Arctic methane deposits destabilising

Very Chilly boffins working in the Arctic have come across evidence that the huge quanties of methane below the seabed are showing signs of destabilising.

According to the journal Science, the boffins have discovered that methane is leaking from the sub-sea permafrost far faster than had been previously estimated.

As a greenhouse gas, methane is 25 times more powerful than carbon dioxide but emissions from subsea permafrost are not included in climate change prediction models.

Natalia Shakhova, of the University of Alaska, told The Times the sub-sea permafrost should act as a cap or seal, preventing leakage.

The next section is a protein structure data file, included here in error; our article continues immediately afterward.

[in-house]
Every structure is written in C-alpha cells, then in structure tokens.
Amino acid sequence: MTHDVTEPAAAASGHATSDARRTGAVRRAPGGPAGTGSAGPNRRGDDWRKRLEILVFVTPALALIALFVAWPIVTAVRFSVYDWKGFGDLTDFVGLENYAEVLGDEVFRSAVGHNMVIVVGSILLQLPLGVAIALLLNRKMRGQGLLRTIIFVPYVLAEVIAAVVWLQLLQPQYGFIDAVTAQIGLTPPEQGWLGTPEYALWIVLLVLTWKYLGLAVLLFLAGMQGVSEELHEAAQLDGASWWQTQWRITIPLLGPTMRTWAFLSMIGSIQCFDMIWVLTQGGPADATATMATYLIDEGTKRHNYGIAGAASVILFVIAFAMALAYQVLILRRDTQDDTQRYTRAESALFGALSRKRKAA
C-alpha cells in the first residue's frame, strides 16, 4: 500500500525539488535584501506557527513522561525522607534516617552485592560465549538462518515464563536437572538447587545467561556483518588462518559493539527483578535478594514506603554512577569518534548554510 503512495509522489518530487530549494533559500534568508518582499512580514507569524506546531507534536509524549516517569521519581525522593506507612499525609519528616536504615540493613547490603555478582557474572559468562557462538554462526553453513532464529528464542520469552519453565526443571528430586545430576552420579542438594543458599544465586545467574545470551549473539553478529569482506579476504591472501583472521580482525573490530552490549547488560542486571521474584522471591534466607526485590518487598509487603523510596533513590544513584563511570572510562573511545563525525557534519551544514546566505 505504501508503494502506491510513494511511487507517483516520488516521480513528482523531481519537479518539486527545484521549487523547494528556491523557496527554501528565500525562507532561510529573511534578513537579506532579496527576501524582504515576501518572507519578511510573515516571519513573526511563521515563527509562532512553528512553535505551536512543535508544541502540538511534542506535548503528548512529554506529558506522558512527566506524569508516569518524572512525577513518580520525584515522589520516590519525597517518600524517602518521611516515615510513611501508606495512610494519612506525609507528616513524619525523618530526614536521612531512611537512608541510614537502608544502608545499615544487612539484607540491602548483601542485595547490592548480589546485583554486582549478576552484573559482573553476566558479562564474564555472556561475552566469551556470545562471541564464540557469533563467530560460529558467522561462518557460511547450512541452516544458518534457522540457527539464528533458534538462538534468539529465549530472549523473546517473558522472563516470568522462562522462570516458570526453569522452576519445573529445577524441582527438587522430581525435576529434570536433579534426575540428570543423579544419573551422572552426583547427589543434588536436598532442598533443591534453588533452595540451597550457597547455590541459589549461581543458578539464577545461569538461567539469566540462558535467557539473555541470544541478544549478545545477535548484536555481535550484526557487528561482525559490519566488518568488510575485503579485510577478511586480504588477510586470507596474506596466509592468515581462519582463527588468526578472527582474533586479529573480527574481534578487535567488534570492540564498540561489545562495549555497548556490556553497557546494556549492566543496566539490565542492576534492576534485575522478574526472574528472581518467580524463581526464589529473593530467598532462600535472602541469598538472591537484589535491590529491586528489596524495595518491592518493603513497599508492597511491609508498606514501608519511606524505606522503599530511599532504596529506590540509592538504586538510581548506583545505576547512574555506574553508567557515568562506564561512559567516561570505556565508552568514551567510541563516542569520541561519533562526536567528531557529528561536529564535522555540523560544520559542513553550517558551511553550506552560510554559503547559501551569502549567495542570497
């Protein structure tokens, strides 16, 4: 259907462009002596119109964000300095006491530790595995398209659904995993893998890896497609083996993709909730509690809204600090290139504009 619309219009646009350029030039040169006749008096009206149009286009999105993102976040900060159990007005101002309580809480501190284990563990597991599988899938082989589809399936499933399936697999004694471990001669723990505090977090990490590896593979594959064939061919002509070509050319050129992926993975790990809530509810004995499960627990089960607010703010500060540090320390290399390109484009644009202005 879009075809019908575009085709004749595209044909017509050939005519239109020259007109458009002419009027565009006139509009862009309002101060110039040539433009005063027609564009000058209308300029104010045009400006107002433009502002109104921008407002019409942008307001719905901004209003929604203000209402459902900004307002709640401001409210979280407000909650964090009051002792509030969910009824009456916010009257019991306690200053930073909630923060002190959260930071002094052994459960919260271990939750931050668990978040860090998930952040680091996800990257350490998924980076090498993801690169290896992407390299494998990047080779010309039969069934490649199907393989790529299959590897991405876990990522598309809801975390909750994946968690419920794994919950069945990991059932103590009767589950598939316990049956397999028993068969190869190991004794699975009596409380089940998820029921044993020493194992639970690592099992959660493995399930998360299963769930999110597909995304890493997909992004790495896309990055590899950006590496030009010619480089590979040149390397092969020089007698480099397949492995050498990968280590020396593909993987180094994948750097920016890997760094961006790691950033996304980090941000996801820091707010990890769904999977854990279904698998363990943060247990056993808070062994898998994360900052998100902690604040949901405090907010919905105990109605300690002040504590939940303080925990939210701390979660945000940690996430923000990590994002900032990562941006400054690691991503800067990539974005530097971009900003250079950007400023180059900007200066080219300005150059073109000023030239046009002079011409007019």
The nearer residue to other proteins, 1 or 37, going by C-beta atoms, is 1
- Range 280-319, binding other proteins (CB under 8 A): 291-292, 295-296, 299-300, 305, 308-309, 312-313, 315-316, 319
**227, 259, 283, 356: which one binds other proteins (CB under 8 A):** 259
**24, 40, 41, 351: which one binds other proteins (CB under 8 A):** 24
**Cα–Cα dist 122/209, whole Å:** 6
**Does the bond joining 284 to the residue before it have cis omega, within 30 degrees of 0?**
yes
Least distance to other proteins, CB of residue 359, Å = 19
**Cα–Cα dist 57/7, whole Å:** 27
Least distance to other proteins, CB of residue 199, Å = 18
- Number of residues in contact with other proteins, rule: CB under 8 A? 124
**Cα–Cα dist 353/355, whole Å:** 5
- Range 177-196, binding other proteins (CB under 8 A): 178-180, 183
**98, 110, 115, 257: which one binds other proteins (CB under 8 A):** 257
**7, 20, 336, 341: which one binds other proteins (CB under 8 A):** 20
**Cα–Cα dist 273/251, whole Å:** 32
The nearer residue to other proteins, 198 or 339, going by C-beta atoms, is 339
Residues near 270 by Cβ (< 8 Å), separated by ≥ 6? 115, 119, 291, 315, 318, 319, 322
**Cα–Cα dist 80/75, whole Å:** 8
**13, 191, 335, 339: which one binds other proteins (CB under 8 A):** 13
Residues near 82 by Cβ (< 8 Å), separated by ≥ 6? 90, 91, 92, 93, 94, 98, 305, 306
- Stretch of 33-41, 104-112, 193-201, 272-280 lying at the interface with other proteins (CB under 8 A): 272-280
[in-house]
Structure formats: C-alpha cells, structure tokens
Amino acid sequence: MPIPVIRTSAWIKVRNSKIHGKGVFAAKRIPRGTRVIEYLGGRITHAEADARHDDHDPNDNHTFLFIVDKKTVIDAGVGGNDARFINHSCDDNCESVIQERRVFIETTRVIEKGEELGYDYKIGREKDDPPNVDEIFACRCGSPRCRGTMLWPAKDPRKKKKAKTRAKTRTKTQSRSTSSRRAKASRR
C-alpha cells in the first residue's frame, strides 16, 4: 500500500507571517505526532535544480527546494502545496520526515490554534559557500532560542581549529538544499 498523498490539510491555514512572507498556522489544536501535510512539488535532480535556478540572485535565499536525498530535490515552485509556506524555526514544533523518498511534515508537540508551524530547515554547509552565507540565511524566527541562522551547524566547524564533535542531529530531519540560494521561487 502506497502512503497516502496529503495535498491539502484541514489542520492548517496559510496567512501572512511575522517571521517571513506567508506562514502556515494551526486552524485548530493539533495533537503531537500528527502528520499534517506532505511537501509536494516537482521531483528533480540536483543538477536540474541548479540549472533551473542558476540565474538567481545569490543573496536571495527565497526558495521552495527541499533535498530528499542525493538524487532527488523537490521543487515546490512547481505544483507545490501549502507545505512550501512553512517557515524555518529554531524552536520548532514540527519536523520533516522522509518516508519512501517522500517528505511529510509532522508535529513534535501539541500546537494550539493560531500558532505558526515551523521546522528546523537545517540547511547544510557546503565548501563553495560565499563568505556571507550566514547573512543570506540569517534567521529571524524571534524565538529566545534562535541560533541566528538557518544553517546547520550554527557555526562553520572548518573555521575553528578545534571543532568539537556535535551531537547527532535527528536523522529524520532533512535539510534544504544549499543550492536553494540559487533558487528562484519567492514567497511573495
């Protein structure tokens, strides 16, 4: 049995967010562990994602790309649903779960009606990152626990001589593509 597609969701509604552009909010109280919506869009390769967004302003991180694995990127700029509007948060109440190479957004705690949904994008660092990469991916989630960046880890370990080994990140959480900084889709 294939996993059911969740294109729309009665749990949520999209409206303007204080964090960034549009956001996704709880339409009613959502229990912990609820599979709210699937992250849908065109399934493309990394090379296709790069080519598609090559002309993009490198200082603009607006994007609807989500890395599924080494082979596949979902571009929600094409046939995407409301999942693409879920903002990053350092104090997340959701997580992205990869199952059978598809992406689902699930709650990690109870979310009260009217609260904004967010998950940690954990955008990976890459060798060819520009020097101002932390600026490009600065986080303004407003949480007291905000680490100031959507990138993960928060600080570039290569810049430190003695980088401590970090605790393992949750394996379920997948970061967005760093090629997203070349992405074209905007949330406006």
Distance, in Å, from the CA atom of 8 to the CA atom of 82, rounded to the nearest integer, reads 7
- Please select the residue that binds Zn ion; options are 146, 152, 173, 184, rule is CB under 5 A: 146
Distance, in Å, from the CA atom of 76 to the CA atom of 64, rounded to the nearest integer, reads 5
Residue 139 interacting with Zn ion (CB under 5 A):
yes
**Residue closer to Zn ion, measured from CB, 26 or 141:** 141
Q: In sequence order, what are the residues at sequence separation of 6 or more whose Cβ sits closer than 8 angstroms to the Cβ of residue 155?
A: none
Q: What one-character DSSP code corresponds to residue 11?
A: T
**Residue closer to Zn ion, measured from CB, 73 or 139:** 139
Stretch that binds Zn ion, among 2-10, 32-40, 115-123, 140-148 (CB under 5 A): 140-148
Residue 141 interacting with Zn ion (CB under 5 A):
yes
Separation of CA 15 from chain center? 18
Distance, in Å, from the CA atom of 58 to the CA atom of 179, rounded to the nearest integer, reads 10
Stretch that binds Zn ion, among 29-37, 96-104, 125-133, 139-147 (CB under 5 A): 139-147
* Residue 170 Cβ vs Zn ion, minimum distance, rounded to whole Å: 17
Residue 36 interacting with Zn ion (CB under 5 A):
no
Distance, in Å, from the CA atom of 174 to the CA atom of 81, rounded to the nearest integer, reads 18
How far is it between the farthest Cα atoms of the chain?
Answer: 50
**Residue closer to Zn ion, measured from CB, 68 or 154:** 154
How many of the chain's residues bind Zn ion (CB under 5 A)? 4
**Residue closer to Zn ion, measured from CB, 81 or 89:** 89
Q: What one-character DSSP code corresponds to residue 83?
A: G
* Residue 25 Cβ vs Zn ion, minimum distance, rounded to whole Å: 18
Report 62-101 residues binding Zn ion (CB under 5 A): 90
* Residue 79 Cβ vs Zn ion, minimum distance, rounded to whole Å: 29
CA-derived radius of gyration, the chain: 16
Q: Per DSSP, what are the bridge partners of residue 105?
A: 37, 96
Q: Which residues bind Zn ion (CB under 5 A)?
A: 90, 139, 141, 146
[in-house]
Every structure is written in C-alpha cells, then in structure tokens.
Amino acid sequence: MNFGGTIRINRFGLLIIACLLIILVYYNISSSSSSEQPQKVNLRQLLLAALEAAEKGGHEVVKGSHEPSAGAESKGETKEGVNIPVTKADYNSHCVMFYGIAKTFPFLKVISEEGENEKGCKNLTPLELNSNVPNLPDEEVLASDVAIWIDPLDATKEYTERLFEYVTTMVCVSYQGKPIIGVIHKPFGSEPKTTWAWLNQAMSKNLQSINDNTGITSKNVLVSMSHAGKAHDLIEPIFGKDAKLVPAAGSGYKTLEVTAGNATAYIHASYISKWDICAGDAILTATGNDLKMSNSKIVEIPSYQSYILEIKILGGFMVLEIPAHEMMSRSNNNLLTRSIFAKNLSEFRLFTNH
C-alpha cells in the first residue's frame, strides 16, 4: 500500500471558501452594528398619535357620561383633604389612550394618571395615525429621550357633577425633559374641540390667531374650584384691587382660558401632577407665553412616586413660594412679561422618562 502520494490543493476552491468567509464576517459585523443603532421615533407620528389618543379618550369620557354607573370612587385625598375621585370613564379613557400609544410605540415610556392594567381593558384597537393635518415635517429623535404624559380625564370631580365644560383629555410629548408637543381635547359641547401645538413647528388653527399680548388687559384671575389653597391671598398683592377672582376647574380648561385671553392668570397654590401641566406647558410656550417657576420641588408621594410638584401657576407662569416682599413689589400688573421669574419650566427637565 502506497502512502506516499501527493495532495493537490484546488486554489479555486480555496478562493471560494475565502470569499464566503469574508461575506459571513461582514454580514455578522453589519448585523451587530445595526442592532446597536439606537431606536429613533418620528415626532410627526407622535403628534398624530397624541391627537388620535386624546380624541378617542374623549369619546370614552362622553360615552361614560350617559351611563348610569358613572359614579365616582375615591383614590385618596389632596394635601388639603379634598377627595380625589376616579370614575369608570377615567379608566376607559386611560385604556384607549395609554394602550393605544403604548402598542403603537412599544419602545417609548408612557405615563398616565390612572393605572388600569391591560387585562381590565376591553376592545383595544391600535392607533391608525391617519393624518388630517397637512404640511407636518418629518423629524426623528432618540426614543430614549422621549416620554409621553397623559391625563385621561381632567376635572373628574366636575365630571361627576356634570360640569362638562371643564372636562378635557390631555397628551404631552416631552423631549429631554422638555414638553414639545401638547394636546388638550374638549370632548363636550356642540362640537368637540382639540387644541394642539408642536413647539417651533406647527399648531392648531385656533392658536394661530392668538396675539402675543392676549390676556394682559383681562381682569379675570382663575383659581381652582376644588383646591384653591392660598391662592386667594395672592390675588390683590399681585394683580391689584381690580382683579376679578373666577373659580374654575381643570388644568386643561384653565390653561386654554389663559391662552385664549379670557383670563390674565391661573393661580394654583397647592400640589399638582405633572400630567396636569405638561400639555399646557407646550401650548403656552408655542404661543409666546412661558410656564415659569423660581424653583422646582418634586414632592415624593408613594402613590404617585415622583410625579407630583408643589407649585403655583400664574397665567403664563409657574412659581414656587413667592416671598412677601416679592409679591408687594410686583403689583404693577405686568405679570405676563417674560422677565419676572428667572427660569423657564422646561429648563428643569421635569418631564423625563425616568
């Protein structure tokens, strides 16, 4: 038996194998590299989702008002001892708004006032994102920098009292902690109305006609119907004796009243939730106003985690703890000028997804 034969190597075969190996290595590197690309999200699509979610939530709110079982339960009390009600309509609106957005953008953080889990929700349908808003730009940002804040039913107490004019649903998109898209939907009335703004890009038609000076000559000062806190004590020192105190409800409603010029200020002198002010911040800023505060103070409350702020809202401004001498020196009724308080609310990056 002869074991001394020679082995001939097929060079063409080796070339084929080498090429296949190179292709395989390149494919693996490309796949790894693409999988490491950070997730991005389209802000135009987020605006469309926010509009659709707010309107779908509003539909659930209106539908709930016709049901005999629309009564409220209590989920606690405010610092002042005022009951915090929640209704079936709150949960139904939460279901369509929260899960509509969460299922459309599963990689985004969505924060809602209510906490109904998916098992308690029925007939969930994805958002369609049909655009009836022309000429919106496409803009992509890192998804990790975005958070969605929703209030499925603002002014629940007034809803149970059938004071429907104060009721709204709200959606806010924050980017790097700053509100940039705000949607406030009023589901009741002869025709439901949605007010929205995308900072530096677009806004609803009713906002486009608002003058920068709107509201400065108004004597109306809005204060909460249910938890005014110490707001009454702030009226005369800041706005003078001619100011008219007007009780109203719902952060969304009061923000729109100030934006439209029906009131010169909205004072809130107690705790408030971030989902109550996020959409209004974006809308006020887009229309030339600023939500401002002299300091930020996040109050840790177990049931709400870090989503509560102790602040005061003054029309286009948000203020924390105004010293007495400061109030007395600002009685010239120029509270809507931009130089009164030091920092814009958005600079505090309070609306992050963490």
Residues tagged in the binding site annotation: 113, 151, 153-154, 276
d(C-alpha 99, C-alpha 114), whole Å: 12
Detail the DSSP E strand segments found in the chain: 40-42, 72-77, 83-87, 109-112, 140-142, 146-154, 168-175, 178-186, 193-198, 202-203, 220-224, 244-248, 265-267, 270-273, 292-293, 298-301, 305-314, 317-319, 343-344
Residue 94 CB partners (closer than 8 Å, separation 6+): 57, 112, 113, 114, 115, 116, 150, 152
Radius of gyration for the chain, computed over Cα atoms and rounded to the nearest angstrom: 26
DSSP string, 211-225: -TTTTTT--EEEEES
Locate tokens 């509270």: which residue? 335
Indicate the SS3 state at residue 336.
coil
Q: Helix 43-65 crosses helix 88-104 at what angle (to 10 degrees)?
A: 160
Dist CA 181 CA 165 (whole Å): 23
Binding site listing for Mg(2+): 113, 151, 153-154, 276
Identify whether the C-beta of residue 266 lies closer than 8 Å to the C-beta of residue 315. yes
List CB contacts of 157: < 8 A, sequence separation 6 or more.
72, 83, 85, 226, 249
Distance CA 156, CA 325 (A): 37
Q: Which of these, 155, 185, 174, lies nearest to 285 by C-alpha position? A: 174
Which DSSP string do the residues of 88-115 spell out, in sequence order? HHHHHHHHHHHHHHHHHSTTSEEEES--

Methane levels have doubled since the beginning of the Industrial Revolution but 40 per cent of sources are natural.

The rise of methane has caused the Arctic to warm at about twice the rate of the rest of the planet. The boffins are worried that as rising temperatures melt more permafrost, the added methane will raise temperatures further and so cause a wider thaw.

Dr Shakhova said the methane has not been included in climate models and the teams are trying to work out why this is happening. The fear is that that the sub-sea permafrost has been showing signs of destabilisation.